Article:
12 From Governance to Public Management Making democratic states strong

13 13 From Governance to Public Management Democracy: popular control over bureaucratic institutions Big issues to solve –Coordination = how to tie complex, interrelated elements together –Errors = Detecting, Correcting, Defining tolerance... for errors –People = Defining needed skills, Recruiting, training, retaining workers, Developing career civil service, Defining relationship with political leaders –Accountability = To whom? For what? How?

14 14 Bureaucracy as instrument Bureaucracy: tool to build capacity thru Search: one “best way” –Administration = rules, SOPs in search of organizational efficiency –Process: budget, personnel, procurement –Structure: organize, reorganize Hierarchy –Basic organizational shape –Defines shape of command Authority –Glue to hold bureaucracy together –Define roles: empowering, limiting

15 15 Critique of bureaucracy  Inflexible  Inefficient  Unresponsive  Inequitable

16 16 Response: impulse for reform Near-universal: global reforms Determine size of government –Privatization Improve government efficiency –Market-driven strategies Increase responsiveness –Citizen-based reforms

17 17 Comparison of New Zealand and American Reform Efforts New Zealand as a model Narrow focus Performance Accountability through competition Decentralization of control Unified financial system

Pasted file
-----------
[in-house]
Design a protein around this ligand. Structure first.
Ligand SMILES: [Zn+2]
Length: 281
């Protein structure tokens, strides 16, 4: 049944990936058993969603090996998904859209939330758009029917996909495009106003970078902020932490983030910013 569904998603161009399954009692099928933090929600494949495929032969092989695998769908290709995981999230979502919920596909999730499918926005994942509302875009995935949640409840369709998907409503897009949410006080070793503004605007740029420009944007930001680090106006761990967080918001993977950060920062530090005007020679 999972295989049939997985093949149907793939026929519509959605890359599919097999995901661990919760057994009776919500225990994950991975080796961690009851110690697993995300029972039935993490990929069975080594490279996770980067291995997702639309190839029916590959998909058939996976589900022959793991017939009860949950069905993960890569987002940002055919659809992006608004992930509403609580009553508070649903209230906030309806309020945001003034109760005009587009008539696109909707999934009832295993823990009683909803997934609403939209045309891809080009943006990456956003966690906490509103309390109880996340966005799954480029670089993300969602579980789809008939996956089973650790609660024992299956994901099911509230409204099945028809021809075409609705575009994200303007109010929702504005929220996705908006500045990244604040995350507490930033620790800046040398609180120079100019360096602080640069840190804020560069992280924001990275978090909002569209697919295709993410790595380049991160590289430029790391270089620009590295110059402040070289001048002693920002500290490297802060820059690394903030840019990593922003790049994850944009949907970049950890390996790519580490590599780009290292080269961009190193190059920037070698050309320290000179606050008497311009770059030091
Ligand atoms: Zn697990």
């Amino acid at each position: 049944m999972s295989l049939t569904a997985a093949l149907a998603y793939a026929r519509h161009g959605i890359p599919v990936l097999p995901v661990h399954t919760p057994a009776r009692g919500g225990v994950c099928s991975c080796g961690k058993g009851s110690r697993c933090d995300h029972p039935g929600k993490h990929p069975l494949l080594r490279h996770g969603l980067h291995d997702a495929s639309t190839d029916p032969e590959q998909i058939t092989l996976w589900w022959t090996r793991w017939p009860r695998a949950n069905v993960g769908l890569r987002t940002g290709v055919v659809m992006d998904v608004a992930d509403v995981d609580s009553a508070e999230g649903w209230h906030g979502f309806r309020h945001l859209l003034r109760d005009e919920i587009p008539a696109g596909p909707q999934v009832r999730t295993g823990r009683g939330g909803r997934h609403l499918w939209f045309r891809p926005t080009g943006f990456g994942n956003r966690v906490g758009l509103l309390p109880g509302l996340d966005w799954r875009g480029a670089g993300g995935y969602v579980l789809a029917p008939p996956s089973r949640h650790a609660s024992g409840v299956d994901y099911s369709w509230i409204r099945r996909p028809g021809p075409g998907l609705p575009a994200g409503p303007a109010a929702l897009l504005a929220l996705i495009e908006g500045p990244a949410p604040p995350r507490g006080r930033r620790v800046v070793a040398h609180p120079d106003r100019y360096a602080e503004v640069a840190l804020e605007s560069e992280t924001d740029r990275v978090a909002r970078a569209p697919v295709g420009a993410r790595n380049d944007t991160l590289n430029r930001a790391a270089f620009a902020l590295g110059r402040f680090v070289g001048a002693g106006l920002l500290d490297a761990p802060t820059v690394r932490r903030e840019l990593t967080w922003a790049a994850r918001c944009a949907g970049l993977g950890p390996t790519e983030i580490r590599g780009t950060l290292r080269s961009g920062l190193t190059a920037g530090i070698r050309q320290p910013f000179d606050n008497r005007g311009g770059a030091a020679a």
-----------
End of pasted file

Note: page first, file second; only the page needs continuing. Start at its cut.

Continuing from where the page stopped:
18 18 Narrow Focus Identify responsibilities clearly Focus on outputs Competition among elements Apply to policy and service delivery

19 19 Performance Specify goals Development measurement system –Financial –Non-financial Focus on outputs –Agencies have control over outputs

20 20 Accountability through competition Competitive tendering –No presumption that services ought to be provide by private versus public agencies Explicit written contracts Provide incentives Hire agency chief executives through contracts, limited terms, compensation

21 21 Decentralization of control Match authority with accountability Sweep away central control agency rules to give chief executives autonomy –Civil service –Purchasing

22 22 Unified financial system Transparency Government –Owner of assets –Purchaser of services Accrual accounting

23 23 Issues Outputs versus outcomes –Outputs: managers can control –Outcomes: what elected officials, citizens care about Markets –Are there real markets to price services? Public service –If it’s not in the contract, it’s not my job

24 24 Issues, cont’d Exit option –Do contracts provide one? Discretion –Are improvements due to discretion rather than formal contracts, incentives Contracting is costly

25 25 Should others copy NZ reforms? Need real, competitive public sector –Developing nations often build on informal systems –Informal systems often introduce corruption, inefficiencies Need public sector where employees have internalized rules –Informality rules Discretion for front-line operators without engaging in transformation => problems!